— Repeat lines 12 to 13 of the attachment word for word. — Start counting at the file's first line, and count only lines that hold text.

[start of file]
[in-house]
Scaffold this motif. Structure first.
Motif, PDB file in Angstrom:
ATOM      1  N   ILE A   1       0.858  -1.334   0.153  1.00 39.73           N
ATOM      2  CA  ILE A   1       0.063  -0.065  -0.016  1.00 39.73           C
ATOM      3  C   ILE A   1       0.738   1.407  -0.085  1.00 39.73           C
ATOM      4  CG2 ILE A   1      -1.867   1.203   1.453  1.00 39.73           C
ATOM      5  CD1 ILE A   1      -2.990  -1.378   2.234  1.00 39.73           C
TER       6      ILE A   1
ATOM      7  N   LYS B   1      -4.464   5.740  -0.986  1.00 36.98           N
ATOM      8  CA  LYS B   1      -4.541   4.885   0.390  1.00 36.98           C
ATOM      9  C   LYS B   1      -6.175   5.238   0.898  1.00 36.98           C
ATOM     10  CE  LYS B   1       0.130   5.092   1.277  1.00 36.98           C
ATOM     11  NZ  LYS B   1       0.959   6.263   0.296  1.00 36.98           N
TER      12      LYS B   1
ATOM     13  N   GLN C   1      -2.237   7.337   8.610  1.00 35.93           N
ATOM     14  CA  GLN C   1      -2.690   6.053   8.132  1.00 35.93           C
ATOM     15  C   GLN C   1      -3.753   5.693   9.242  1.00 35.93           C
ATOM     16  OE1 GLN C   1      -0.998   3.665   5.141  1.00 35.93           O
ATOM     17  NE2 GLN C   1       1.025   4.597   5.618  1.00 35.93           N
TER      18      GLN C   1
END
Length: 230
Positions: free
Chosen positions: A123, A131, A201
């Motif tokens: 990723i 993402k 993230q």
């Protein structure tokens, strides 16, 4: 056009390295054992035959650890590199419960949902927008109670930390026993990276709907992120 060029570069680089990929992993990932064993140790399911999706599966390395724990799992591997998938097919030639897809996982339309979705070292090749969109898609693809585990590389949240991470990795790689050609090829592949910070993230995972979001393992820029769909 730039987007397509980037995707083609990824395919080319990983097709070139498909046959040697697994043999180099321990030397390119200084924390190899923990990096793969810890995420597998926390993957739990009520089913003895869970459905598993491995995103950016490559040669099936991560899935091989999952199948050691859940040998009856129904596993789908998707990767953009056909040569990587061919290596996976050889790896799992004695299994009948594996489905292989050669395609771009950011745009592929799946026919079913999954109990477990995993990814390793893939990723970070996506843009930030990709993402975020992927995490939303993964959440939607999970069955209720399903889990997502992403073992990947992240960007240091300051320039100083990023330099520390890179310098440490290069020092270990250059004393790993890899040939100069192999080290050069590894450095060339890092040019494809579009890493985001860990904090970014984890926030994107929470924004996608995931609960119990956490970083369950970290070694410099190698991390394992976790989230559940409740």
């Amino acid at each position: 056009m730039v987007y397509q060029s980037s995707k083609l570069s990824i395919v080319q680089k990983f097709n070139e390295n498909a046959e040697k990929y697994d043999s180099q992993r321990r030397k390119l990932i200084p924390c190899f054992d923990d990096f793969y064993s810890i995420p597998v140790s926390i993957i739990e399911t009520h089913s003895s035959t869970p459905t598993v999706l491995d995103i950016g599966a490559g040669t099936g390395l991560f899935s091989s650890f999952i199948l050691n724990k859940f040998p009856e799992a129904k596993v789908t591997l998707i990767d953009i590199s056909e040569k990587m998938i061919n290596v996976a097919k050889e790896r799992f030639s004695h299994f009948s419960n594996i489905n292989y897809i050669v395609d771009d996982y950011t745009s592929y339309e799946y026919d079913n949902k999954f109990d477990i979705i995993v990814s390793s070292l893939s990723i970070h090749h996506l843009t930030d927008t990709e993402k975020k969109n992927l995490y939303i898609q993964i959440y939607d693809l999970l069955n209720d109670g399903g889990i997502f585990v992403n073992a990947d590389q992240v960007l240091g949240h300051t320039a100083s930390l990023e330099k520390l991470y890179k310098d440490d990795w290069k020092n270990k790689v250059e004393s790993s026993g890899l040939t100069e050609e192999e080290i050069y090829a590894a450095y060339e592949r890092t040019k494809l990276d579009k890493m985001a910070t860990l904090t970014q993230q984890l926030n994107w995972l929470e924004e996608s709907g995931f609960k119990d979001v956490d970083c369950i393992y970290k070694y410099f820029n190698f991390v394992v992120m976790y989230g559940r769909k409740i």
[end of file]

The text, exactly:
ATOM      9  C   LYS B   1      -6.175   5.238   0.898  1.00 36.98           C
ATOM     10  CE  LYS B   1       0.130   5.092   1.277  1.00 36.98           C